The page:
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Psychotherapy to manage gender dysphoria

By Lara Pickford-Gordon


“Watchful waiting” is a therapeutic approach for dealing with children experiencing gender dysphoria. Research has shown that without adults and others exerting a strong influence for the child to pursue gender reassignment, 80-85 per cent of gender dysphoria cases usually resolve before adulthood.

Psychologist Dr Andrew Sodergren of the Ruah Woods Psychological Services, from the Ruah Woods Institute, shared a range of information while speaking on ‘Responding to sexual confusion with clarity and charity’.

He commented that it’s difficult in today’s world to do watchful waiting because of external influences—peers, media etc., “that may be encouraging them to accept a cross gender identity and begin the process of social transitioning”.

More than 100 persons were present for the Archdiocesan Family Life Commission’s (AFLC) online session ‘Special Topics on Theology of the Body (ToB): Gender and Sexuality’ which featured a recorded presentation by Dr Sodergren. AFLC Episcopal Delegate Tricia Syms invited comments from attendees.

The AFLC has shown other topics from the Institute, whose website states it “supports adults, teachers, students, and parents as we seek to understand the truth about our innate dignity as image-bearers of God, male or female, called to love one another as God loves”.

Dr Sodergren’s talk included: treatment options for gender dysphoria, general principles for pastoral care, and pastoral care for accompanying individuals.

He said as with all persons, individuals experiencing gender dysphoria must be treated with respect, compassion, sensitivity.

Dr Sodergren asserted though that publicly simulating the opposite sex “is dishonest, deceptive and potentially scandalous; it’s not good for the individual nor is it good for other people.”

Elaborating on moral principles for treatment options for gender dysphoria, he said, “While medicine could be used to treat physical illness, it must never be used to poison or mutilate a healthy human body system.”

Dr Sodergren gave excerpts from a Doctrinal Note from the US Conference of Catholic Bishops: “Any technological intervention that does not accord with the fundamental order of the human person as a unity of body and soul, including the sexual difference inscribed in their body, ultimately does not help but rather harms the person” (USCCB #18).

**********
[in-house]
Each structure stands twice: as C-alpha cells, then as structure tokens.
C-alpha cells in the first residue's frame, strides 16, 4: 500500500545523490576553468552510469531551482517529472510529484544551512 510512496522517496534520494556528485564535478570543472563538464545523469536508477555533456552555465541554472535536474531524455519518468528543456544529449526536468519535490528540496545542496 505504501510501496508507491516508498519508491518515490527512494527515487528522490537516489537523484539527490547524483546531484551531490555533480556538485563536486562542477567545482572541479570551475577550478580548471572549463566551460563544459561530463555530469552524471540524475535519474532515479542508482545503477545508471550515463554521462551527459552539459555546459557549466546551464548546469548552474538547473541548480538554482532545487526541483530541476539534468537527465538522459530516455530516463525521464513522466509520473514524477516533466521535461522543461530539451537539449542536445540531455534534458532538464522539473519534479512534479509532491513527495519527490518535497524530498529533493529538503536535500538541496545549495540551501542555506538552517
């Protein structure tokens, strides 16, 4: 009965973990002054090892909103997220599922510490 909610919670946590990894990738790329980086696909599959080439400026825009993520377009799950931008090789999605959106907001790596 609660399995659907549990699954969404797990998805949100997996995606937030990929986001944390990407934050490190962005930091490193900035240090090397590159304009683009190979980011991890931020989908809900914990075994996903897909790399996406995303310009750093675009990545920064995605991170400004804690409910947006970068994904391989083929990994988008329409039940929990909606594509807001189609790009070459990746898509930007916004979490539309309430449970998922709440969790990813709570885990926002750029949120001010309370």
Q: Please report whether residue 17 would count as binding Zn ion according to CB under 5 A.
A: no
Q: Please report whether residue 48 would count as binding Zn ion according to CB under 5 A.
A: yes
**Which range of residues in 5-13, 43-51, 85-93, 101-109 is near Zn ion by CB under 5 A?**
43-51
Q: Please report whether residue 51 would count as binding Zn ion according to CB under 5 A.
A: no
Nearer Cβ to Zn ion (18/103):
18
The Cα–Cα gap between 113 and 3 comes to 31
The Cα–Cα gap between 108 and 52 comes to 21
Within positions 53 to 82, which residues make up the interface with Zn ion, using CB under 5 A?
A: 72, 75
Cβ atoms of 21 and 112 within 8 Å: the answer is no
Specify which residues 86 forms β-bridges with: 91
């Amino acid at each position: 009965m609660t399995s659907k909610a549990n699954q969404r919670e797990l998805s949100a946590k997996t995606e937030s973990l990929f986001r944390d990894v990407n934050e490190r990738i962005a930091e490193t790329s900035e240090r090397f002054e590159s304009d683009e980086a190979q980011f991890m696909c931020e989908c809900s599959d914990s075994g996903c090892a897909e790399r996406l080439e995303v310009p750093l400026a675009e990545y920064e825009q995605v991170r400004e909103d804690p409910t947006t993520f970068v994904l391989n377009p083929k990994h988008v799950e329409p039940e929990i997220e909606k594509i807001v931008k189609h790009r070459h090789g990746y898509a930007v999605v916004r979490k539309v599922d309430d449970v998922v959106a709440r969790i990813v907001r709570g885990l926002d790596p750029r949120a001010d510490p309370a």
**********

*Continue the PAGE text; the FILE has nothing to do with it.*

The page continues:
Dr Sodergren said if there is a disorder of sexual development present, the least invasive approach possible should be used that resolves the disorder in line with the dominant natural sex expressed in the person’s anatomy.

“You won’t find this expressed in this way in a Church document at this point, but it is what I learned about disorders of sexual development,” he said.

In cases where there is no underlying medical condition, which is the large majority, treatments should be used which gives the person peace to accept their natural sexual identity revealed by the body.

Various forms of psychotherapy are available to treat the other psychological conditions e.g., anxiety, depression, self-image issues and behavioural problems, that often also occur with gender dysphoria. Exploratory therapy can be used. “We are not pushing the child one way or another,” Dr Sodergren said. Play therapy and family therapy are other approaches.

He mentioned a research article in which therapy was used to facilitate better peer relations between boys and their male peers; 10/11 grew out of the gender dysphoria.

“The basic premise of all these treatment models is the problem resides in the mind rather than in the body, that at the heart of gender dysphoria is a psychological disconnect…so we help the person get to the root of whatever is happening psychologically and we provide an opportunity for healing in the person’s interior life…” Dr Sodergren explained.

Psychotherapy is also available to parents. They go through a lot of suffering when their child is gender dysphoric or embrace a gender discordant identity. Therapy can also address marital and psychological issues that can be worsened by the child’s struggle.

Dr Sodergren said, “There is an emphasis here in strengthening the relationship between parent and child. Trying to enhance that bond, improve communication, decrease conflict, increase understanding, empathy.”

Syms announced within the next two months the AFLC is launching the EnCourage online apostolate in Trinidad and Tobago.

The AFLC is partnering with a US diocese to have monthly EnCourage virtual meetings to provide fellowship and prayer support.

EnCourage is dedicated to the spiritual needs of parents, siblings, children, and other relatives and friends of persons who have same-sex attractions. She asked anyone interested in joining the apostolate to contact her: 299-1047.


Some resources: Desist, Detrans & Detox: Getting Your Child Out of the Gender Cult by Maria Keffler; Always Erin by Erin Brewer about a female who experienced sexual abuse and had a hatred of being female and began identifying as male. She was helped to work through her struggles; Gender Dysphoria: A Therapeutic model for working with children, adolescents and young adults by Susan Evans and Marcus Evans.

Other resources:,

Courage (a ministry of the Church for persons with same-sex attraction who wish to live chaste lives according to their faith) and EnCourage (for family members of persons living a homosexual lifestyle or experiencing gender dysphoria) apostolate.